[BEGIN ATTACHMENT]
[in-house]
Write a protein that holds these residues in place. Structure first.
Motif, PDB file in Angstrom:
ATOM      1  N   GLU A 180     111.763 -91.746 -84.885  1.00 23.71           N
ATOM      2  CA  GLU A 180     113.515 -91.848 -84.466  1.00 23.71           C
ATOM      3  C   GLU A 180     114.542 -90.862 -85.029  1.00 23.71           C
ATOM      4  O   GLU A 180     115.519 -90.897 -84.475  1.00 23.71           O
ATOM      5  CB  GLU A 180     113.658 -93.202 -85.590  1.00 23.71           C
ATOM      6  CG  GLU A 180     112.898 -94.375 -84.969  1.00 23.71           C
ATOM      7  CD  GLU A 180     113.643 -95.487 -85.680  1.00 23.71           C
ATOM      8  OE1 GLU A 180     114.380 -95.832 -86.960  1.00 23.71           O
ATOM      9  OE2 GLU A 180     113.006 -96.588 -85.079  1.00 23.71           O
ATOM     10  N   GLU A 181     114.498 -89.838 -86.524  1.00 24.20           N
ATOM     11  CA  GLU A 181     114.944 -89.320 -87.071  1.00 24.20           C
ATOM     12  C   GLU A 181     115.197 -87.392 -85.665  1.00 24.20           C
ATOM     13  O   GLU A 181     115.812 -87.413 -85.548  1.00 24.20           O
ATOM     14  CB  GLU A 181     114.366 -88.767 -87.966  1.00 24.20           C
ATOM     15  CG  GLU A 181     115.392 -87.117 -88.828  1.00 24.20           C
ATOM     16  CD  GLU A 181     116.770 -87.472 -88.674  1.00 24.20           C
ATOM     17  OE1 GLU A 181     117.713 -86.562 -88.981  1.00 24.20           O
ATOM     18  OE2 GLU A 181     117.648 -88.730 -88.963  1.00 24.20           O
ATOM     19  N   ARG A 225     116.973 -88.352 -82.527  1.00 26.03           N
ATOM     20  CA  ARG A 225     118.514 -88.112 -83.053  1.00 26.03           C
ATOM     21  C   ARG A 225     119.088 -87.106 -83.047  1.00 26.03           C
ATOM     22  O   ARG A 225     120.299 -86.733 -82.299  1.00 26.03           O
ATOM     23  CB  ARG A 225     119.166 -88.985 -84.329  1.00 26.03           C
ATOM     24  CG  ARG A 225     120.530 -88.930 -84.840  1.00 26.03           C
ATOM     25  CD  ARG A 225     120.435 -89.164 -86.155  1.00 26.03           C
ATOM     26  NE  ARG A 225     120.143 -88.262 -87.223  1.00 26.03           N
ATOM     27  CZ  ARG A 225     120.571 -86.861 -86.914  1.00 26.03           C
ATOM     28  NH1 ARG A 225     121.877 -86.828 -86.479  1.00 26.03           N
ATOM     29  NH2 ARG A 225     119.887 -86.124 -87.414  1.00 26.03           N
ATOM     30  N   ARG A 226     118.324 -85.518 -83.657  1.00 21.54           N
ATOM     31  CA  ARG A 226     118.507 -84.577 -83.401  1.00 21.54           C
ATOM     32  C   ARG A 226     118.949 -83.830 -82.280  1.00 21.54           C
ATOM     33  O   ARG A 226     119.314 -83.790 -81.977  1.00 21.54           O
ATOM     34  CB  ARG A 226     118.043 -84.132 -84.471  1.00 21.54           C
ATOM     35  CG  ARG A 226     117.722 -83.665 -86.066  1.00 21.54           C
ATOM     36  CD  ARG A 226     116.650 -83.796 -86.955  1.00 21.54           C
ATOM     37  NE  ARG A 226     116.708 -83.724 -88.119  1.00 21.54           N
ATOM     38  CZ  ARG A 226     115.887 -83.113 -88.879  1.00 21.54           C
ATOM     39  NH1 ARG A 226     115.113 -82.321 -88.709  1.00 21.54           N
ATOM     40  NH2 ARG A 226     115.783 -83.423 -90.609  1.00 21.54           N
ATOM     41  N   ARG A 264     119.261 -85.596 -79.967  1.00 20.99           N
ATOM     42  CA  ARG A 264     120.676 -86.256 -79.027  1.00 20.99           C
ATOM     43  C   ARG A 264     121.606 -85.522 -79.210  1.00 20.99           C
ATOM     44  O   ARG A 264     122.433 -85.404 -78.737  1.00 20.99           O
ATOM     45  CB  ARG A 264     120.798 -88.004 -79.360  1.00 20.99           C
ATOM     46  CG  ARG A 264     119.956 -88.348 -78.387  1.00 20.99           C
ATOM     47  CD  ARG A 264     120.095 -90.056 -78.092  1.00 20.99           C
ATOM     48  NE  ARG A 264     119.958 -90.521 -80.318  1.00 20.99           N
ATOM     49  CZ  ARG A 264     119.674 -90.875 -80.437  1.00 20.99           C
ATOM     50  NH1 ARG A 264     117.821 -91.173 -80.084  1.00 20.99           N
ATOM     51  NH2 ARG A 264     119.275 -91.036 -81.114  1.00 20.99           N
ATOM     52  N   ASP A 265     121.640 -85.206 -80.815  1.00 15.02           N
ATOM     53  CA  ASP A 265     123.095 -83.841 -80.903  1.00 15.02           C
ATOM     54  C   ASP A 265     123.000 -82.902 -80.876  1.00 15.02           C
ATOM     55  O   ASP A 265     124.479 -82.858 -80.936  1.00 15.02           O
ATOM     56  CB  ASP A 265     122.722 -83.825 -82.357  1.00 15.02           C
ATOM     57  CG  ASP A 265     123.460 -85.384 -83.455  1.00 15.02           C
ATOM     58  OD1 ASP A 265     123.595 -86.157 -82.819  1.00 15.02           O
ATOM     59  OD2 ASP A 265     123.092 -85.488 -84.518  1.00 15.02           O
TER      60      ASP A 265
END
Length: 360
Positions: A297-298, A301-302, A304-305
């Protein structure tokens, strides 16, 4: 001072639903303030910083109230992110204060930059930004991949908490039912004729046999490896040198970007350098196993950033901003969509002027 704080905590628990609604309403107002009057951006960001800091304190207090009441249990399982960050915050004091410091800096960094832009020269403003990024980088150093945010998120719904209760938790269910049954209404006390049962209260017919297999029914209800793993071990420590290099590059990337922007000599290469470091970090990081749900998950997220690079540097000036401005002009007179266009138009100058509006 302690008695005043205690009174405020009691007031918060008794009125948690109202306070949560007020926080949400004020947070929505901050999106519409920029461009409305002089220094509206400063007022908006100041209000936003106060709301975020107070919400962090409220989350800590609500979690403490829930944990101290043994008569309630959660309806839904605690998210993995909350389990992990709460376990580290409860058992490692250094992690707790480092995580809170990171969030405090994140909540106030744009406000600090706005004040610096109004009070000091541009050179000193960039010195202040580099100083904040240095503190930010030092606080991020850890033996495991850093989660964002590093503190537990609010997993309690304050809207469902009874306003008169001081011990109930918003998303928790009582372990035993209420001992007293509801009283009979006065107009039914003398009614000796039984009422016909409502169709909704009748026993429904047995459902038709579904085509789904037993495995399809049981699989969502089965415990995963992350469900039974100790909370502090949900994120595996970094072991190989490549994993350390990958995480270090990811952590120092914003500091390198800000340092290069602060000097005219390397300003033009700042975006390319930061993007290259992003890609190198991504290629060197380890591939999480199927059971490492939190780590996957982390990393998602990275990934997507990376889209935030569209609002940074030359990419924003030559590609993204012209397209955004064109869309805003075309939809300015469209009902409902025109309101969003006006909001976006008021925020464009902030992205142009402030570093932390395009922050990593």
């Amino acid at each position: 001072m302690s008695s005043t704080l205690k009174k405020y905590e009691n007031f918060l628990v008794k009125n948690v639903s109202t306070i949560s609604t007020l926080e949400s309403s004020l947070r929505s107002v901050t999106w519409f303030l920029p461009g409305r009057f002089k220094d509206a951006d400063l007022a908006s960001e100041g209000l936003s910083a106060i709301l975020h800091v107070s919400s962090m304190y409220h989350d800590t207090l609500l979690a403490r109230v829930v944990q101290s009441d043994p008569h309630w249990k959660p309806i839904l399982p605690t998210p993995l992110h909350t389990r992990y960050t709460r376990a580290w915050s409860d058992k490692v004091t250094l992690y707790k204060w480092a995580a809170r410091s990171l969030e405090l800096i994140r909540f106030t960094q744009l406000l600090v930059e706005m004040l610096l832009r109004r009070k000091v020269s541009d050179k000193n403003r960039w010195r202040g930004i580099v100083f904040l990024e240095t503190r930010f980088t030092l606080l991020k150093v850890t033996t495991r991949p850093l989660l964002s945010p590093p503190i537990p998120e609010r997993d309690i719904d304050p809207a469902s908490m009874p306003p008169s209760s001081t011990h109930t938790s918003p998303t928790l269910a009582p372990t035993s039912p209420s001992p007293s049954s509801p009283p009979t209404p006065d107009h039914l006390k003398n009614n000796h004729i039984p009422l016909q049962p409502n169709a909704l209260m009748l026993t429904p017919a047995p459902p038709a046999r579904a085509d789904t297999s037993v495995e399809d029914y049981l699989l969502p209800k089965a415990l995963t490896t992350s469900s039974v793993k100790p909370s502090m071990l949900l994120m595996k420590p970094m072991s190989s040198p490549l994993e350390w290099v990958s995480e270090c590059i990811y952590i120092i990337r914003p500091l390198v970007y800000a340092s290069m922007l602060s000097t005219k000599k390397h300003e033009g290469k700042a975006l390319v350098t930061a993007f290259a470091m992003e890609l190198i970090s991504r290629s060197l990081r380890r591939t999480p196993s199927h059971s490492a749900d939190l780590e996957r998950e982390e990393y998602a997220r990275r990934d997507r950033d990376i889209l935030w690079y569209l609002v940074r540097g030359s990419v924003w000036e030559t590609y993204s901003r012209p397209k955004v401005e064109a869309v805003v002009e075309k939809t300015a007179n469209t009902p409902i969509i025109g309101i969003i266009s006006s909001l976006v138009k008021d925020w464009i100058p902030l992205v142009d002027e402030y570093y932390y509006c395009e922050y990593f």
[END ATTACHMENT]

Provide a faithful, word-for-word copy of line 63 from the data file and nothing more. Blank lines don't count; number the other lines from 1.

TER      60      ASP A 265